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Sun Shade Use

Is it better to use a sun shade to protect the interior of a car or not. If you park all day in a sunny location where the temperatures reach the high 90’s does it make a difference?

It does for me ( black truck in New Mexico sun ). It prevents ; steering wheel too hot to touch, dash top faded and cracked, upholstery fade, and it sure feels ever so slightly cooler in there.

I agree with Ken. These things do make a difference.
Just remember to remove it before you drive away!

;-))

How do I get my husband to realize he is jeopardizing the interior of our new Audi TT by not using a sun shade?

Can you send me a link to some research that says sun shades will keep the interior of your car from deteriorating?

I could probably find a link to support the idea that the sun could cause the dashboard of a vehicle to be damaged (along with my testimony that I’ve seen damage caused by the sun), but if someone can’t see how obvious that possibility is, that person isn’t going to accept supporting evidence from a link on the internet.

Note: it is also a good idea to leave windows slightly opened.

Thanks–You are absolutely right!

I guess you can put a thermometer in the car with and without the sun shade on days that have the same max temp and see if the reading varies. The hot steering is the part that bugs me most. In the old days cars had leather top dashes and they would crack easily. Nowadays they are all plastic, they fade but don’t crack. I guess that is less of an issue for me but still important. By the time the dash had faded so had the paint on the roof. Nothing like having a good garage.

The 1977-1989 fullsize GM cars will go down in history as some of the most indestructable vehicles. However, if you visit a wrecking yard you will see that most their dashboard crash padding is cracked.

I had a 1984 Impala and a 1988 Caprice, and used the sun shades wherever I could. I only ended up with small cracks when disposing of the cars after 12 and 19 years. Others looked like a nest of squirrels had made themselves at home on the dashboards and built their nests.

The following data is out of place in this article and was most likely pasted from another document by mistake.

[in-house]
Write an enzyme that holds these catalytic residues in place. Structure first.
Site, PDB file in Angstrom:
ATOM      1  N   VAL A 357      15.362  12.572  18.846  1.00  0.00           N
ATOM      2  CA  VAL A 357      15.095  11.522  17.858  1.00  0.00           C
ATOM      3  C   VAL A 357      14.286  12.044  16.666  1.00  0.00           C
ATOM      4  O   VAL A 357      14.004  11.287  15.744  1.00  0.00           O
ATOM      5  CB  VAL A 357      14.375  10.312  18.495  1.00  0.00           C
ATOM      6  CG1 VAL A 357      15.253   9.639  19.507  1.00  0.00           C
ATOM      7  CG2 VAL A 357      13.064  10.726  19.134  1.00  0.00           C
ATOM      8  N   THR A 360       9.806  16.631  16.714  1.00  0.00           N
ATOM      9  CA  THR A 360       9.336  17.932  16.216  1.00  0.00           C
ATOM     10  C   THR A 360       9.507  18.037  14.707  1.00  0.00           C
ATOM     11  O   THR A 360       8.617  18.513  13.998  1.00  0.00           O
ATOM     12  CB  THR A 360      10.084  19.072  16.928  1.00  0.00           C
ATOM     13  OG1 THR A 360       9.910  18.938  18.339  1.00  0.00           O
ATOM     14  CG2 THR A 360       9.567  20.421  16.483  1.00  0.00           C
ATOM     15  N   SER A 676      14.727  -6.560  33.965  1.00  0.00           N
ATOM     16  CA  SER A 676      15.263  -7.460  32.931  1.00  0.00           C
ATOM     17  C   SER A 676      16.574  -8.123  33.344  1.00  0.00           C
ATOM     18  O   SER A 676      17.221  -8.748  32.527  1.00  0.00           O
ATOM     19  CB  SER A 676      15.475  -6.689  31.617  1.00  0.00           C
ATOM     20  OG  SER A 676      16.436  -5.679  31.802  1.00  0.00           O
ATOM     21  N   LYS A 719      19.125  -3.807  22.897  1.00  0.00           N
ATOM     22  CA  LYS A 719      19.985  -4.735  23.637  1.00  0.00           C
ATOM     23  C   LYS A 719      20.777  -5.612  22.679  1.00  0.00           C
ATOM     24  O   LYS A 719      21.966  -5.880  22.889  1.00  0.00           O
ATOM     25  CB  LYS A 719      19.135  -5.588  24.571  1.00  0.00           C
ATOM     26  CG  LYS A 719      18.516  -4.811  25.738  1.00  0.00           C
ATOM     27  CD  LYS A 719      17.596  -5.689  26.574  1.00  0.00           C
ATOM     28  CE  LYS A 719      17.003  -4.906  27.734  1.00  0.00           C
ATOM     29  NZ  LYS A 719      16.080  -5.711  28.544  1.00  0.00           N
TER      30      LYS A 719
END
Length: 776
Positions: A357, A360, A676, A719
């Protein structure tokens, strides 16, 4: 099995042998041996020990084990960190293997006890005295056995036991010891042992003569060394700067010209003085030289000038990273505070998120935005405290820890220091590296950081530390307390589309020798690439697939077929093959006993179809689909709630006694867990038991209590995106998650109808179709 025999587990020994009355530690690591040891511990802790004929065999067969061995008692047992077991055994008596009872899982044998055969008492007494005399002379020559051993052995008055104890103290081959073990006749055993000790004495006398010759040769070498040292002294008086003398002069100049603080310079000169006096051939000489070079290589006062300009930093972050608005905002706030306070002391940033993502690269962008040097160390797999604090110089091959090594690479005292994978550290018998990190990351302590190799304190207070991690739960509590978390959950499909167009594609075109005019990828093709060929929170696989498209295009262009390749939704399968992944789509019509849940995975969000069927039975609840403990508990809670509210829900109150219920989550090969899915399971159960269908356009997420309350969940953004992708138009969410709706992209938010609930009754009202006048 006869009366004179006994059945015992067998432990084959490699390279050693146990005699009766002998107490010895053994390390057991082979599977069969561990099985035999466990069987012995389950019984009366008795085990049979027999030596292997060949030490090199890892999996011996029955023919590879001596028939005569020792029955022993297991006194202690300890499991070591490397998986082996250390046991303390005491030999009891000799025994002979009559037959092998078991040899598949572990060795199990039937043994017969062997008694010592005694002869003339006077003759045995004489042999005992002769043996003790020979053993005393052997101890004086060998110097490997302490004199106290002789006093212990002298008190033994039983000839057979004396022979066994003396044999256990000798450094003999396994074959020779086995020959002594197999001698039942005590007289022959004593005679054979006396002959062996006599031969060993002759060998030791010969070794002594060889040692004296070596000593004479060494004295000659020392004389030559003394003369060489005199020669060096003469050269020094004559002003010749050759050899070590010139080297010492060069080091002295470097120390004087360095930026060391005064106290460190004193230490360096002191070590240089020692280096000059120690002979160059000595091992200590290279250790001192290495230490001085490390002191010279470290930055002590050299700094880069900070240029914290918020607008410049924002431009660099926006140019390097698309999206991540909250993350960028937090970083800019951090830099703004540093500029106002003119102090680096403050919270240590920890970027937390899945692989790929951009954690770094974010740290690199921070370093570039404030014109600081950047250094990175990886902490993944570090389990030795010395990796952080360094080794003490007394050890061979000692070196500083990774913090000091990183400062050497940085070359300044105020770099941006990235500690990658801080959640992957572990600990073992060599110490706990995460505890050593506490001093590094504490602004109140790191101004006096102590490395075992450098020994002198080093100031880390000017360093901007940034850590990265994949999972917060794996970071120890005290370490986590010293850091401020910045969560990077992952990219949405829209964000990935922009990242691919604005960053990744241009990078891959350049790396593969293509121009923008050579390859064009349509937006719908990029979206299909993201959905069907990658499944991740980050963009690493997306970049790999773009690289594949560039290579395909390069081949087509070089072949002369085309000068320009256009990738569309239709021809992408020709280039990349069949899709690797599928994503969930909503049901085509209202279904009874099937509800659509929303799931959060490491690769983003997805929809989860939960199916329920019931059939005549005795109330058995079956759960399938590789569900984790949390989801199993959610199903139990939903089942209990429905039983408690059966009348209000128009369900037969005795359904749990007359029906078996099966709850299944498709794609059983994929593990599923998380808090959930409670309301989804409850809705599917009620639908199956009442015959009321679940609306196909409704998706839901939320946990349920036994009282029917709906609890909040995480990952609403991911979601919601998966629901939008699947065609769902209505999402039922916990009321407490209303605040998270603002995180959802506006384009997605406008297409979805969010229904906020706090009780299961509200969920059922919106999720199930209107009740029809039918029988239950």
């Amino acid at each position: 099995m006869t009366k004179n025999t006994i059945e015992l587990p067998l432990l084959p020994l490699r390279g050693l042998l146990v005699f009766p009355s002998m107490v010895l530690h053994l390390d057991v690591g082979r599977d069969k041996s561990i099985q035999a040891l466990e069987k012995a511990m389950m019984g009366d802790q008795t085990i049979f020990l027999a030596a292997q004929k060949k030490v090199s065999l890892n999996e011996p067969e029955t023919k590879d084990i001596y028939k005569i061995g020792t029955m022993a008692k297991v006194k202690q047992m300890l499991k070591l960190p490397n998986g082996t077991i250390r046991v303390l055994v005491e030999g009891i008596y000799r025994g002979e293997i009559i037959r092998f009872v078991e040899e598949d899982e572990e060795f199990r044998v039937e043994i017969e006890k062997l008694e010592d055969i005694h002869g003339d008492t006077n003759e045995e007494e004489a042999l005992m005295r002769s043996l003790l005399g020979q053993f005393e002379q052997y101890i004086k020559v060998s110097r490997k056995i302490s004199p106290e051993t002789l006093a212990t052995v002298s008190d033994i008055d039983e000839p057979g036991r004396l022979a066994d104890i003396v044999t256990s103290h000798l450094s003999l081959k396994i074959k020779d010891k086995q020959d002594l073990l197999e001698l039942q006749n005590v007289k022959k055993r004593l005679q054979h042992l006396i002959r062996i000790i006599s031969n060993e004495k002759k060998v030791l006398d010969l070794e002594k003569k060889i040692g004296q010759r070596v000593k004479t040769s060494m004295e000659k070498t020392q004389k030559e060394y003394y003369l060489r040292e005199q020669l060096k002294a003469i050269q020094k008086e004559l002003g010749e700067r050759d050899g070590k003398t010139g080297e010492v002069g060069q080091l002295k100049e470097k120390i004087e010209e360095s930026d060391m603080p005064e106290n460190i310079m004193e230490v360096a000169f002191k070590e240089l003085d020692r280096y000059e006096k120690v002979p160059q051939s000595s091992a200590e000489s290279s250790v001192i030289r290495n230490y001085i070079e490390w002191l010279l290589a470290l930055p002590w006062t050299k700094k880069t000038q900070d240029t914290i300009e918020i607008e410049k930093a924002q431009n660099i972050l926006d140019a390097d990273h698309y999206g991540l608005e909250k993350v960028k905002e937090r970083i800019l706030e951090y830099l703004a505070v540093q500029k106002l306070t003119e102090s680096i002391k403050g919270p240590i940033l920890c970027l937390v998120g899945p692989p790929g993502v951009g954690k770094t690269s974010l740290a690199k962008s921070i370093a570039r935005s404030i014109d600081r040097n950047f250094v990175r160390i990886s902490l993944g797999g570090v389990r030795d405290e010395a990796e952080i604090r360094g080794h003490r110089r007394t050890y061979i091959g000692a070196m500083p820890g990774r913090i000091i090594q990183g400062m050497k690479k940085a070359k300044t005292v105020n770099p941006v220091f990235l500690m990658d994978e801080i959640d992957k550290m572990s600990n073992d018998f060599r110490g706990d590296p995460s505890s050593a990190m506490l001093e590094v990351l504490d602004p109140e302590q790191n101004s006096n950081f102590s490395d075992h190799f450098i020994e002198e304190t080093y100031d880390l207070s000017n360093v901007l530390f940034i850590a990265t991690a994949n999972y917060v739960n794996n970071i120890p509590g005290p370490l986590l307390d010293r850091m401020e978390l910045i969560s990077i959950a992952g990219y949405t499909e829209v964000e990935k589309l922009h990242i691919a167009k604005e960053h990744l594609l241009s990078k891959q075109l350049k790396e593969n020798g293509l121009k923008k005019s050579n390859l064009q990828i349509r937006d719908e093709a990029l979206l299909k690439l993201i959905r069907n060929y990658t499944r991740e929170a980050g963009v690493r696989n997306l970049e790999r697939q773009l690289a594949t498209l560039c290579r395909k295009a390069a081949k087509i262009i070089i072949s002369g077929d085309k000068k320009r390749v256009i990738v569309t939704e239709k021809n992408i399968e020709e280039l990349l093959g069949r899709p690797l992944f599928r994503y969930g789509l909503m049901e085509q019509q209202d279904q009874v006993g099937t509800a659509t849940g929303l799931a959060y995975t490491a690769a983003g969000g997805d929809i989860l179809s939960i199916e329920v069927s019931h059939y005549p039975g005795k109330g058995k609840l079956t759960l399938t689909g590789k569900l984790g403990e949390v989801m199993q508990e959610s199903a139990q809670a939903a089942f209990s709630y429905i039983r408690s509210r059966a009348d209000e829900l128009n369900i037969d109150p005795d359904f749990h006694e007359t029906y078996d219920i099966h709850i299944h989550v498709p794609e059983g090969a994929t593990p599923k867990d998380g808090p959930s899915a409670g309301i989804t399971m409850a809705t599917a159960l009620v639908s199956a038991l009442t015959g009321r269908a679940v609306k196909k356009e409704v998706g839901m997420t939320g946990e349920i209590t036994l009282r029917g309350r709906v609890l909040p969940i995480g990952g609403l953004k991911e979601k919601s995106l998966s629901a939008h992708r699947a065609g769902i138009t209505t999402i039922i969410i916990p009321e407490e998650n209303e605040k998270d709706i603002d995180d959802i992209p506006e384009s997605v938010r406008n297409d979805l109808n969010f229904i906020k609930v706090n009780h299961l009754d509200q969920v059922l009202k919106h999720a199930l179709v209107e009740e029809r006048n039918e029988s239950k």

Take your husband to a wrecking yard where cars sit outside all the time and show him the dasboards.

What I Am Missing? Why Is An Audi Different Than A Maybach Or A Ford When It Comes To Sunshine?

These little sun shades look like they’d be a pain to horse around with. I say if you like them, use them. I say if your husband thinks they’re silly and doesn’t like them, then that’s fine if he chooses not to use one.

We’re talking about an Audi and from reading other questions posted here they are subject to other problems generally more irritating than a little sunshine. Cars are made to be driven and parked in all types of weather conditons. Drive it.

CSA

I don’t think he is putting your new car in jeopardy. What he is doing isn’t destructive; it is just careless. Saying that he is putting your car in jeopardy makes you look a little over-dramatic. It is true the dashboard will last longer if you use a sun shade, but this isn’t the same as putting the car in jepoardy. If you keep the car long enough, it might hurt the resale value, slightly. If he doesn’t care about that, you can’t make him. Just use the sun shade when you drive in or ride in the car, and let him do his thing when you aren’t there.

This is too trivial to make a big deal over. Pick your battles, and let this one go. Save your ire for more important issues.

Note to Joe Guy: If the OP lives in the sub tropics (like Florida), where you get surprise rain storms regularly, don’t ever leave the windows slightly open. Also, if you don’t want the car to be stolen or burglarized, leaving the windows open is a BAD idea.

Note to Joe Guy: If the OP lives in the sub tropics (like Florida), where you get surprise rain storms regularly, don’t ever leave the windows slightly open. Also, if you don’t want the car to be stolen or burglarized, leaving the windows open is a BAD idea.

By ‘slightly open’ I mean it is a good idea to leave the window about 1 or two inches down on a hot day. That will not increase the chances of a car being stolen or burglarized and will allow some of the heat to escape.